I RARELY WASH MY CAR. MAYBE ONCE A YEAR. AND IN A CITY LIKE LOS ANGELES, where you are what you drive, this makes me a pariah. A pariah of little consequence, but a pariah nonetheless. At stoplights, homeless men with spray bottles pretend not to notice my filthy Honda Civic, knowing that even a $50 tip won't compensate for the amount of intensive labor needed to clean my windshield off.
I consider it a mark of good character. I won't give in to an image-based culture. I am above this adult version of materialistic peer pressure. Also, I am lazy. And car cleaning gets pricey anywhere west of Vermont, with a do-it-yourself hose-down costing upward of $6.
But last weekend, I went to a dinner party at the house of a friend. I parked my Civic on a street off Fairfax, confident that even if somebody wanted to steal my car, it was so dirty they would rethink their plan and hit the nearby Daewoo instead. (I had parallel parked under a bird-dwelling palm tree that afternoon. My hood boasted no less than eight missile-drop zones.)
Halfway through dinner, I heard my car alarm go off. Like a negligent mom who turns down the volume on the baby monitor to get an extra hour's sleep, I ignored it. My car alarm is always going off.
"It's probably just a garbage truck driving by," I explained to the other dinner guests, despite the fact that it was 10 p.m. on a Sunday. "It always does this."
Someone else chimed in, "Besides, Liz, your car's way too dirty to steal." The table nodded in agreement, and another bottle of $4.99 Ralphs Club Special wine was opened. Later, as I started to drive home, I spotted a note tucked underneath my windshield wiper. "Oh, great," I thought, "someone hit my car." I pulled over to the side of the road to survey the damage. But I saw no damage. As I scanned the side of my car, everything seemed fine.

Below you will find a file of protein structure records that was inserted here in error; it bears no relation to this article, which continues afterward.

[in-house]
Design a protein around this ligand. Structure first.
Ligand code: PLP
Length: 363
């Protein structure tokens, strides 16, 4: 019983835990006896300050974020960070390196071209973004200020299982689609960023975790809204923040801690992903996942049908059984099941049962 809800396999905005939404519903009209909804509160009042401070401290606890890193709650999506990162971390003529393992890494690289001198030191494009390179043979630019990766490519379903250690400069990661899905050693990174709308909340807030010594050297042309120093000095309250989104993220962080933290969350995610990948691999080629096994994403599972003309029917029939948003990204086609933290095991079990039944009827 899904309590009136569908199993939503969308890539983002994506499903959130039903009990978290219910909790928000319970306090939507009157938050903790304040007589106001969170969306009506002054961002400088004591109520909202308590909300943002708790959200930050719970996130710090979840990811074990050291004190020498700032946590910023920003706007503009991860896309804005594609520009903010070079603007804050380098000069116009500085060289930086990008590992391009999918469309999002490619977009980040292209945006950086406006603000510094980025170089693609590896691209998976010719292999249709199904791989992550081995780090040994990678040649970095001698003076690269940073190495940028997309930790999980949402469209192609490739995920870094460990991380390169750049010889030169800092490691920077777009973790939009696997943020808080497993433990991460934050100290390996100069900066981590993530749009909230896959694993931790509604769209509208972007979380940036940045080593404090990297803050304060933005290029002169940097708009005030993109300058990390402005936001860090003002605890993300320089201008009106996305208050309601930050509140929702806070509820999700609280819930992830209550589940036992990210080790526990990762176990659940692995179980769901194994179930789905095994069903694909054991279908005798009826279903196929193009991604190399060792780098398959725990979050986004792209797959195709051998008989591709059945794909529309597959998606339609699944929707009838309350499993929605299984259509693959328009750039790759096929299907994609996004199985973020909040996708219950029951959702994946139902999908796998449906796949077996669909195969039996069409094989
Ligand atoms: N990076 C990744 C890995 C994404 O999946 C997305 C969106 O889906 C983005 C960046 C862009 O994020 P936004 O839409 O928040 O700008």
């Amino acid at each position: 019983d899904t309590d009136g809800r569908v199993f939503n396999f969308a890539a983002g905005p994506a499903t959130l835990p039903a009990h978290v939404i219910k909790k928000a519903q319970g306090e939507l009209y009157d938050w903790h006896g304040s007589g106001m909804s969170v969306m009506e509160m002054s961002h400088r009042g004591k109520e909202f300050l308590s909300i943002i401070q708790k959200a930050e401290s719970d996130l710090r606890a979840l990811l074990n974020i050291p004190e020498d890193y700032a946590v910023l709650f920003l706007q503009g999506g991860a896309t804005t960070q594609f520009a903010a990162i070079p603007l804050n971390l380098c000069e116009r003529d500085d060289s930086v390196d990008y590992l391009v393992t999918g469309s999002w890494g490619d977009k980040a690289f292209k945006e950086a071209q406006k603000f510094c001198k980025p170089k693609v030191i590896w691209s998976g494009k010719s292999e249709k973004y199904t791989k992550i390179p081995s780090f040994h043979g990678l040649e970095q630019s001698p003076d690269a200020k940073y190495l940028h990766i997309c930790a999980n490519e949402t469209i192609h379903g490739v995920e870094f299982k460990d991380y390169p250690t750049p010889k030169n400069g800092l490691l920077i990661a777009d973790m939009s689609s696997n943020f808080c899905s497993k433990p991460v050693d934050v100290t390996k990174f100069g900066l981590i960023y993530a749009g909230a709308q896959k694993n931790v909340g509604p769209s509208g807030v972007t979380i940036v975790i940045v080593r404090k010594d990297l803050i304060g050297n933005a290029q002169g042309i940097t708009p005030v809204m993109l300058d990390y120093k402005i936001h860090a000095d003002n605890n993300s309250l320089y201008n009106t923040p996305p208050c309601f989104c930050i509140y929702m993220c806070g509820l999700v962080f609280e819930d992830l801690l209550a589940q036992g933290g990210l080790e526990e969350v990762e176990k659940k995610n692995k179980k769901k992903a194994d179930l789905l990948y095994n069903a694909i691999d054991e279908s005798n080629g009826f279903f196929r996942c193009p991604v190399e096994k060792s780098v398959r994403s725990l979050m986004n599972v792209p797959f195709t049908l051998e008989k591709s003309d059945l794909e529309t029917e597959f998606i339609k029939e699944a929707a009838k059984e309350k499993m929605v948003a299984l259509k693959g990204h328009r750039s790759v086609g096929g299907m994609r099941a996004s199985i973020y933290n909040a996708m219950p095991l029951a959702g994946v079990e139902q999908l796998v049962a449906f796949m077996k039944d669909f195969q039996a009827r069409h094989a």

And that's when I realized it. Somebody had cleaned my car.
They -- some anonymous stranger -- had actually cleaned it. From bow to stern, so to speak, the decks had been swabbed, wheels included. It was shiny. It gleamed. Be it with soap, water or spit, my Civic had been immaculately washed.
I reached over, opened up the folded note, carefully printed on a ripped sheet of yellow legal-pad paper. With suspiciously haiku undertones, it read:
"The car wash is a gift to an angel.(Whoever you are.)Birds dropping bombs.That eats throughthe paint.It takes prob. 4 days before you can see it,but it does slowly happen.A friend."
I looked around, but the mysterious car washer was gone. I felt humbled. My social righteousness had been unmasked as nothing more than mere irresponsibility about maintaining one's personal items.
So now, a few days later, I'm unsure what to do. Do I track down this Robin Hoodian car custodian to pay him or her back for the work? Or am I now sucked into the vortex of an irreversible pyramid scheme of do-gooding myself, à la the film Pay It Forward? Should I go find another dirty car parked in the 90035 ZIP code and clean it, just in case? Or, should I perhaps craftily continue my careful bread-crumb trail, slowly, eventually luring this considerate person into mowing my lawn and re-grouting my tub?
Faced with the shocking and unexpected prospect of receiving a Good Samaritan deed in Los Angeles, a girl is stumped.
Lost Treasures: What Judy Toll Left Behind
AT MOOMBA RECENTLY, A BAR FULL of people sat laughing at a TV pilot called Me and My Needs, which will never be made into a sitcom. This is because the woman who created the pilot is dead. Judy Toll was a writer for Sex and the City, and she continued to write for the show up until she died, four months ago, of cancer. Her pilot, like most good sitcoms, sounds like nothing special when described: It's about a woman named Judy Toll who's a television producer and whose life is a series of small disasters that she charms and wheedles her way out of.
The show is funny; you want to know what's going to happen to this person.
Before she broke into television, Toll did standup. You can hear her on a comedy CD put out by Uncabaret. She talks about her experience with what she called "The Church of Something-ology." She joined at a particularly low point in her career and really threw herself into it, wanting to be, as she put it, "the best Something-ologist." A year later and $34,000 poorer, she defected from the church and immediately turned the whole thing into a series of standup routines. She fearlessly laid out the whole experience, with all her desperation and judgment lapses intact.